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Alycia Chin, Amanda Markey, Saurabh Bhargava, Karim S Kassam, George Loewenstein
We report new evidence on the emotional, demographic, and situational correlates of boredom from a rich experience sample capturing 1.1 million emotional and time-use reports from 3,867 U.S. adults. Subjects report boredom in 2.8% of the 30-min sampling periods, and 63% of participants report experiencing boredom at least once across the 10-day sampling period. We find that boredom is more likely to co-occur with negative, rather than positive, emotions, and is particularly predictive of loneliness, anger, sadness, and worry...
October 24, 2016: Emotion
Jill N Peltzer, Lisa Ogawa, Susan Tusher, Rose Farnan, Mary M Gerkovich
HIV-infected individuals are at risk for psychological distress, including depression, sadness, and suicidality. The purpose of this qualitative descriptive study was to examine 22 HIV-infected African American women's experiences of psychological distress and use of coping strategies. Data were collected through in-person one-on-one interviews until conceptual saturation was reached. Data were analyzed using inductive content analysis. Four themes were found: (a) psychoemotional suffering, (b) contextual factors negatively influence the everydayness of living with HIV infection, (c) HIV-related stigma perpetuates isolation and loneliness, and (d) creating a safe haven...
October 1, 2016: Journal of the Association of Nurses in AIDS Care: JANAC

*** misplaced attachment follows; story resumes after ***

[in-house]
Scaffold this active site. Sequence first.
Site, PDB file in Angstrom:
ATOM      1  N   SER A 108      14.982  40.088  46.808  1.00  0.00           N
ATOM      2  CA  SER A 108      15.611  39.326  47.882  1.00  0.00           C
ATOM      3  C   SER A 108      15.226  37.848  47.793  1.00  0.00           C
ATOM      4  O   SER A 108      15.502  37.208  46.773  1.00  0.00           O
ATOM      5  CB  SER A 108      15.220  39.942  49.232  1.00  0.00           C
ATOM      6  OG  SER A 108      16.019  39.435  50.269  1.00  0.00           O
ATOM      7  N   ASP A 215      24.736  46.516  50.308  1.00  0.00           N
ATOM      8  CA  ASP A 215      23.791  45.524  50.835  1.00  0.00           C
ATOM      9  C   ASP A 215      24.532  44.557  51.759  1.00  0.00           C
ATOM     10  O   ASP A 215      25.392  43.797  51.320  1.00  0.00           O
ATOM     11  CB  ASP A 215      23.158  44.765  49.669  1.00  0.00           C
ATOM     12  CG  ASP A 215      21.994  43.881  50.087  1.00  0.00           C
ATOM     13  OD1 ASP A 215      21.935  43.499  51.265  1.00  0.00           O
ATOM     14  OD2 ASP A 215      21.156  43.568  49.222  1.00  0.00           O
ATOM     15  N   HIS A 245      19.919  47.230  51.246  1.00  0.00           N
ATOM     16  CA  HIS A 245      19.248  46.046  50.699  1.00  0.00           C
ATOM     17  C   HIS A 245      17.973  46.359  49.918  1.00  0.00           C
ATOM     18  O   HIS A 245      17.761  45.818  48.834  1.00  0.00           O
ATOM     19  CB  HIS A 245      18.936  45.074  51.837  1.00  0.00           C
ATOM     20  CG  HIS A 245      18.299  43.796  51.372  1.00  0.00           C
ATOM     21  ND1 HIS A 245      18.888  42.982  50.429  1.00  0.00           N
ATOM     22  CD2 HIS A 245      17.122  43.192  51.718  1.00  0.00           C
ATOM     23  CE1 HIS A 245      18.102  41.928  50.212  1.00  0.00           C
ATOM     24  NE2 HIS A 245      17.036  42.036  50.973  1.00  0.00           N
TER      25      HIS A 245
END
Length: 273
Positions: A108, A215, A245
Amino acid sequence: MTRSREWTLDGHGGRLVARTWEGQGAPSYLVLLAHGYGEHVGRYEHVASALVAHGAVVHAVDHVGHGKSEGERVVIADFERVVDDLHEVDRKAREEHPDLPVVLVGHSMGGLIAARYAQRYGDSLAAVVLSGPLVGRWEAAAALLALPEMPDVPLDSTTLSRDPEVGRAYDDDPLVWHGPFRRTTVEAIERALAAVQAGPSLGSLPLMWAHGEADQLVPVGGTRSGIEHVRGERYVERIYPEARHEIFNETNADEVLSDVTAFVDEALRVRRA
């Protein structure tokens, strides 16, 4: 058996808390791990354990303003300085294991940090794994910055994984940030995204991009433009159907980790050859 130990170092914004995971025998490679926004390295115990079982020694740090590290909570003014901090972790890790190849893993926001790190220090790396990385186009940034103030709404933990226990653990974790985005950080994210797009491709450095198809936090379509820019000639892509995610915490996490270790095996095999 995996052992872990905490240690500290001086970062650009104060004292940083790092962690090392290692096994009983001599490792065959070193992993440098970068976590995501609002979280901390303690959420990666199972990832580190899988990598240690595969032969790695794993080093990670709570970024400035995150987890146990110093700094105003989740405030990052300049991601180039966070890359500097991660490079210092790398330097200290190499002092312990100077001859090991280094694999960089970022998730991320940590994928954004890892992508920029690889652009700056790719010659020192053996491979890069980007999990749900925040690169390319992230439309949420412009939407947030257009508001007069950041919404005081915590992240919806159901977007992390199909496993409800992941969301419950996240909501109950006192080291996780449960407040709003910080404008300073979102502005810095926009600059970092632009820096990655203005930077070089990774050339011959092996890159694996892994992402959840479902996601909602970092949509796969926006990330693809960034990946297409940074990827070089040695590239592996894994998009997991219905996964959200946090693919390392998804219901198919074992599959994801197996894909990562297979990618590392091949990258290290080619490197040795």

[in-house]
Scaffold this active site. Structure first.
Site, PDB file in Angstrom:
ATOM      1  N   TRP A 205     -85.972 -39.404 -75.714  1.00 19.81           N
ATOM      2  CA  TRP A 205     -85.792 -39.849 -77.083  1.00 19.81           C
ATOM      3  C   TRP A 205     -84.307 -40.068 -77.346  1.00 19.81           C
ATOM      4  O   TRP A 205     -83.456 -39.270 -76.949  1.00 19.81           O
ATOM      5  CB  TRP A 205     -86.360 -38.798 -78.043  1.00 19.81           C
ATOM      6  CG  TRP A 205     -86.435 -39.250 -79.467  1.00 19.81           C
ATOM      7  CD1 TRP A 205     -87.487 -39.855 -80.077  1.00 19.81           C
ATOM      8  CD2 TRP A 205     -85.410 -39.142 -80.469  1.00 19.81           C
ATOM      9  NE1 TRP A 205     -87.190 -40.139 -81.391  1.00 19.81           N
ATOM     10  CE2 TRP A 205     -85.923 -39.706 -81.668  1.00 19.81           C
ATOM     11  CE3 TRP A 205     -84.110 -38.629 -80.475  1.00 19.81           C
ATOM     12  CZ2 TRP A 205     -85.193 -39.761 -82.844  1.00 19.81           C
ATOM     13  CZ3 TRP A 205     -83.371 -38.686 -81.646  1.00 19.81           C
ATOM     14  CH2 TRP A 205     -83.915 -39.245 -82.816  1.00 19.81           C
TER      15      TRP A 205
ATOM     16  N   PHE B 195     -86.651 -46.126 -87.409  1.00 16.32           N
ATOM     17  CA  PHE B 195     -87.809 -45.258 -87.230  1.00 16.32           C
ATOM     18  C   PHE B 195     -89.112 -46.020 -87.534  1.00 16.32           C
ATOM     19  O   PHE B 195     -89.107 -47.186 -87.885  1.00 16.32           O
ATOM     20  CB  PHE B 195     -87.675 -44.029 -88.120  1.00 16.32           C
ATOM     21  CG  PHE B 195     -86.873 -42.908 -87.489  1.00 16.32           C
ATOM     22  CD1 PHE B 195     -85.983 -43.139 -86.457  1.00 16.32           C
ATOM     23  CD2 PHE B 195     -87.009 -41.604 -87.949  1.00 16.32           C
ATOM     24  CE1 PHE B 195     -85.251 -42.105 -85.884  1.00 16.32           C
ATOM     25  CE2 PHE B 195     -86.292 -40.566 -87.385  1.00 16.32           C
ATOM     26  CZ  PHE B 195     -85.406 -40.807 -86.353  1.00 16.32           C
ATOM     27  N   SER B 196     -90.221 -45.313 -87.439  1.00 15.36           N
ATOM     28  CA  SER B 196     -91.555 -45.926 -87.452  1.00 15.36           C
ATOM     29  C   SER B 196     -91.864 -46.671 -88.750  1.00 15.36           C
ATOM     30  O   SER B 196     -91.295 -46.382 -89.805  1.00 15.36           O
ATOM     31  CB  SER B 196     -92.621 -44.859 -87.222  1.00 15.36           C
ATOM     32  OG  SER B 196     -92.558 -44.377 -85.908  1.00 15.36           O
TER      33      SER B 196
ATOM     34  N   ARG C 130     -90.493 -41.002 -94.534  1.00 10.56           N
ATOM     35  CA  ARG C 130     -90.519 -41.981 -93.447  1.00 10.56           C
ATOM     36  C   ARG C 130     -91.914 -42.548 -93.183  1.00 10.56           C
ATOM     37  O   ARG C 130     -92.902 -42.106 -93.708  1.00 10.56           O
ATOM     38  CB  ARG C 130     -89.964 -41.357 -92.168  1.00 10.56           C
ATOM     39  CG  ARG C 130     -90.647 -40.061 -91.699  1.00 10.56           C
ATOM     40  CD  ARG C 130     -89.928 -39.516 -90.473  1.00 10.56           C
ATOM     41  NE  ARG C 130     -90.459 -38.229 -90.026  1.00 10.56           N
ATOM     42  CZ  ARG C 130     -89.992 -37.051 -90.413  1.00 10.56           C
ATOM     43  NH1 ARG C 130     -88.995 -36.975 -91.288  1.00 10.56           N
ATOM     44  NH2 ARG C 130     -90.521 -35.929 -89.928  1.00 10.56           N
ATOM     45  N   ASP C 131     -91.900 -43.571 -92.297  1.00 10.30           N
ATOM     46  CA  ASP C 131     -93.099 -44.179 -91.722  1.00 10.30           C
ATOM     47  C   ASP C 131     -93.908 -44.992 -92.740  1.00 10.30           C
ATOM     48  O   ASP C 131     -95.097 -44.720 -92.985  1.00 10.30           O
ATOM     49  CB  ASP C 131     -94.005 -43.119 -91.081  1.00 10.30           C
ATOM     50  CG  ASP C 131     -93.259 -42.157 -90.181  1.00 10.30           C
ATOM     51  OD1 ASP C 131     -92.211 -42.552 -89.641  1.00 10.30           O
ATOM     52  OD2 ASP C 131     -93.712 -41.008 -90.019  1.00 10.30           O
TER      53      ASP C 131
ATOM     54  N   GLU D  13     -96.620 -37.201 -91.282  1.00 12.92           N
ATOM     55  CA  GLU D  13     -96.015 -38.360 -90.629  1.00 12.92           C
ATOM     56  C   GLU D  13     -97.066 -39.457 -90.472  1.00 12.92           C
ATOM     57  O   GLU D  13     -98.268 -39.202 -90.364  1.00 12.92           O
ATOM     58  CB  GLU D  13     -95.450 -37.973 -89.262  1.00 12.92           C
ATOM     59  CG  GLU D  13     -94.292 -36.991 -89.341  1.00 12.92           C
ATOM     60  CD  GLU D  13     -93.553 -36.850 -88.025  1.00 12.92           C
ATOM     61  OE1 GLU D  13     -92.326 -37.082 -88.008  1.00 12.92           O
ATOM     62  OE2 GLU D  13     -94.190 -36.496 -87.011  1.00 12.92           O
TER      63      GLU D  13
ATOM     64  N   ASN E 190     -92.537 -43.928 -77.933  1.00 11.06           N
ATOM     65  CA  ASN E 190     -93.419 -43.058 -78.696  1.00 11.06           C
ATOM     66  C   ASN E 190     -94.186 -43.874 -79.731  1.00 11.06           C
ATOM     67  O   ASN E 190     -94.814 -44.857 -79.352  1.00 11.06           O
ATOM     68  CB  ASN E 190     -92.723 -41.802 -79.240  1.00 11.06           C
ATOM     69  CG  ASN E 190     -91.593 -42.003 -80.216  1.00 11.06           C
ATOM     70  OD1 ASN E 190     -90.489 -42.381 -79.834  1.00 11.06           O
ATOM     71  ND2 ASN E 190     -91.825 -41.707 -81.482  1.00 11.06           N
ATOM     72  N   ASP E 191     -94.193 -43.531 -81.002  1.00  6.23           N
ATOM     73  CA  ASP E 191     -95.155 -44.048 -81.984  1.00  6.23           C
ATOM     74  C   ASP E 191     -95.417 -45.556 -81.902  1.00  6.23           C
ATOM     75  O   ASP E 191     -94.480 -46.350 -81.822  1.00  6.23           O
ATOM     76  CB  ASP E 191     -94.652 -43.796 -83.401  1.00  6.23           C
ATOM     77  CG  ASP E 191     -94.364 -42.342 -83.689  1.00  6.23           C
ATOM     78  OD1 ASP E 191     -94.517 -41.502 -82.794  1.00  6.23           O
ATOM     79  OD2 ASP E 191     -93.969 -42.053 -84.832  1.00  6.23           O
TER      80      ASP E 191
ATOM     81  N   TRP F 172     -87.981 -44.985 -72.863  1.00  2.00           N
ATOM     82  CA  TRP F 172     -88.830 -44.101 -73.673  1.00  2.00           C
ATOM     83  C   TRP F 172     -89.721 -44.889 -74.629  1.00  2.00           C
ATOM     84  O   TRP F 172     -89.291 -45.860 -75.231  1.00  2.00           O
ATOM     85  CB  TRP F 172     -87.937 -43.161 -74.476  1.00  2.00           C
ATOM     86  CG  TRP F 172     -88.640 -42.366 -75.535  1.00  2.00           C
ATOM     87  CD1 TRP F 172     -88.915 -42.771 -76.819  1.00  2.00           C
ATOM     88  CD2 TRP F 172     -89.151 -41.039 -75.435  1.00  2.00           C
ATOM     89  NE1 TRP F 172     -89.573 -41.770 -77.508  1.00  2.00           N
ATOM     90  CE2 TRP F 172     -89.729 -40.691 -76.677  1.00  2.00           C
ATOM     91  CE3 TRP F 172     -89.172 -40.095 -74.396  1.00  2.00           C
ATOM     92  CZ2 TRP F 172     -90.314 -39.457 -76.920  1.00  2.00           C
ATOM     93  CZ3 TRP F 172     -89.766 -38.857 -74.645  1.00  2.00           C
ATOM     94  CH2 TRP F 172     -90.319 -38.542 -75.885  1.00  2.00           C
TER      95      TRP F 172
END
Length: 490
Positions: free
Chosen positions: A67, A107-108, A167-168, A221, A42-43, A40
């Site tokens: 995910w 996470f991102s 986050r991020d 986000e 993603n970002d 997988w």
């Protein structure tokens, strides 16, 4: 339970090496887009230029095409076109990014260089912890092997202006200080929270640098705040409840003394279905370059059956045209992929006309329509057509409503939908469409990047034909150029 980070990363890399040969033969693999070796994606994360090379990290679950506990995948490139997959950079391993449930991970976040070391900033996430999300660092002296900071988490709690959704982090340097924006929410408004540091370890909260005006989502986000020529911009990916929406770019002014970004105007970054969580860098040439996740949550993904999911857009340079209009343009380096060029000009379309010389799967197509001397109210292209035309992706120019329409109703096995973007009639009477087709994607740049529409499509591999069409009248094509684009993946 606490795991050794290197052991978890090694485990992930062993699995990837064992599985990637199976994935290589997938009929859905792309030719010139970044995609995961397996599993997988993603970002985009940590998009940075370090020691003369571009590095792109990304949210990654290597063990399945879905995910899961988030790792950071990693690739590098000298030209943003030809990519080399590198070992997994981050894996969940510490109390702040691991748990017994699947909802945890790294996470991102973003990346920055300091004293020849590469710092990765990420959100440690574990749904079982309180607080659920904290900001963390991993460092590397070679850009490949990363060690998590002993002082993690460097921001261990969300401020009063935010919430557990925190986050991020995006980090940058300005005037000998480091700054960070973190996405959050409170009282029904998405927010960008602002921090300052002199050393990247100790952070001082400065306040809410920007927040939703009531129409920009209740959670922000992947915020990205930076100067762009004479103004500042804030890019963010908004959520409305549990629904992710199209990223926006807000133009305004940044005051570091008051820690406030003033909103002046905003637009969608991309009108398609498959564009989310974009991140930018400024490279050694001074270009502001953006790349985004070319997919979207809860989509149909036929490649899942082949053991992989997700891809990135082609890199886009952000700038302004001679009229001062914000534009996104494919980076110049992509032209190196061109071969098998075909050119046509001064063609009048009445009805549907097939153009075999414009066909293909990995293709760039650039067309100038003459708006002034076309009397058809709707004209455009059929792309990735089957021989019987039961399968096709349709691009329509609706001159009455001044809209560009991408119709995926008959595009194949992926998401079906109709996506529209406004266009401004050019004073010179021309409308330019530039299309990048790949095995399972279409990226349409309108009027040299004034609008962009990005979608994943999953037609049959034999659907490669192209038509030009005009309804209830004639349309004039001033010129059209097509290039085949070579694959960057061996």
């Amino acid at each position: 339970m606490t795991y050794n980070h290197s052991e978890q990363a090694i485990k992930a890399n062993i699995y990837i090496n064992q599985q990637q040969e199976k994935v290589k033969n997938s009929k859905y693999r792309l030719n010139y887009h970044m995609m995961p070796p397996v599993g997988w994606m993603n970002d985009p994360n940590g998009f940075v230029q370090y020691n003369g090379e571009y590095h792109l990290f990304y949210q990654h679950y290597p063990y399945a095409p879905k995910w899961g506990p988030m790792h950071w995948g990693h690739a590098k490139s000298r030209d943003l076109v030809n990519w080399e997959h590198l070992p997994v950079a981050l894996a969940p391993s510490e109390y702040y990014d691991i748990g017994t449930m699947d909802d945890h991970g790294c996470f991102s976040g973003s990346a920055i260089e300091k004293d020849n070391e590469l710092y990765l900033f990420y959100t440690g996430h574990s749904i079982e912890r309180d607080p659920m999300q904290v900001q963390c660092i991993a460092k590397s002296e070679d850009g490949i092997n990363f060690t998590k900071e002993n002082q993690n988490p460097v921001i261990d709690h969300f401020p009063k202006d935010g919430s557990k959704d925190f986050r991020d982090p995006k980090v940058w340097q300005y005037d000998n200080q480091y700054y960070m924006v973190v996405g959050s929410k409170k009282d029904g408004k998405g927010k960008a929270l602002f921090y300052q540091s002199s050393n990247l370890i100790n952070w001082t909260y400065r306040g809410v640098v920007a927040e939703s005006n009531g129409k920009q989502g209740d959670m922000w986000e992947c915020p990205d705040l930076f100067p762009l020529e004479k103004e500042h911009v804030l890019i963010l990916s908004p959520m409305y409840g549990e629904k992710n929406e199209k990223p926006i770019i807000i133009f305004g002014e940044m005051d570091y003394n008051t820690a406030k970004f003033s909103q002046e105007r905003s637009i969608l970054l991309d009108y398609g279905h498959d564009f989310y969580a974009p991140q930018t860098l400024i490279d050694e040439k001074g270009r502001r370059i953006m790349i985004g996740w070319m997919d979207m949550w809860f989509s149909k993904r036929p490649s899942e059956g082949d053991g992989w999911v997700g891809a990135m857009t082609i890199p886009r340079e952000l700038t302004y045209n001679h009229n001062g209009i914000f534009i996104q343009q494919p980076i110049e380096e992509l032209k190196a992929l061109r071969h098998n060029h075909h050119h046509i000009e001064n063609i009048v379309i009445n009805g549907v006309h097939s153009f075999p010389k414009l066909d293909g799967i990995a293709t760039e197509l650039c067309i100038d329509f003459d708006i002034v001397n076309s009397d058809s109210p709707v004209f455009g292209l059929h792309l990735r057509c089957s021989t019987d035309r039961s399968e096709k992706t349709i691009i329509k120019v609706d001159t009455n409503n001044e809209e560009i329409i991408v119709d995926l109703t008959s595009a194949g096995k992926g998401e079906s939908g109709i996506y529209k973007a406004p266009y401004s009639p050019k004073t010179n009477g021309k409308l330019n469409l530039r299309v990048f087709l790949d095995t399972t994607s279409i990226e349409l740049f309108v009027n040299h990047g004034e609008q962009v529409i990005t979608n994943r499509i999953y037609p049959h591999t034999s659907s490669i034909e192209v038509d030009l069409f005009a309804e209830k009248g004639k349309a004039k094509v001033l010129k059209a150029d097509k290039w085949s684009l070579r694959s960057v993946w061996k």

Tsubasa Furuhashi, Kazuichi Sakamoto
Autonomic nervous system (ANS) imbalances are involved in the etiology of cancer, allergy, and collagen diseases. Previously, we hypothesized that FoxO and HSF-1 limit autonomic stress responses via negative feedback on the ANS. Here, we evaluated the role of AKT, a negative regulator of FoxO, during activation of the ANS by loneliness stress in mice. Spontaneous motility was increased during loneliness stress and decreased after release from stress. The AKT activator SC79 attenuated stress-induced spontaneous motility, whereas the AKT inhibitor API-2 prevented decreases in motility after stress release...
October 18, 2016: Physiology & Behavior
Nathaniel Andrew, Suzanne Meeks
OBJECTIVES: Person-centered care constructs such as fulfilled preferences, sense of control, and life satisfaction might contribute to loneliness among nursing home residents, but these relationships have not been thoroughly explored. The aim of this study was to examine the relationship between fulfilled preferences and loneliness in nursing home residents with perceived control and life satisfaction as potential mediators. METHODS: The study utilized a cross-sectional design, examining the targeted variables with a questionnaire administered by trained research staff...
October 21, 2016: Aging & Mental Health
Sinead M Kearns, Ann-Marie Creaven
Loneliness is the distressing feeling accompanying the perception that one's social needs are not being met by one's social relationships. Conceptual models point to a role for cognitive factors in this experience. Because research on determinants of loneliness is sparse, this study investigates associations between individual differences in emotion regulation (ER) and loneliness. Participants (N = 116) completed measures of loneliness, and a vignette-based measure of adaptive and maladaptive ER in response to positive and negative scenarios...
October 20, 2016: Personality and Mental Health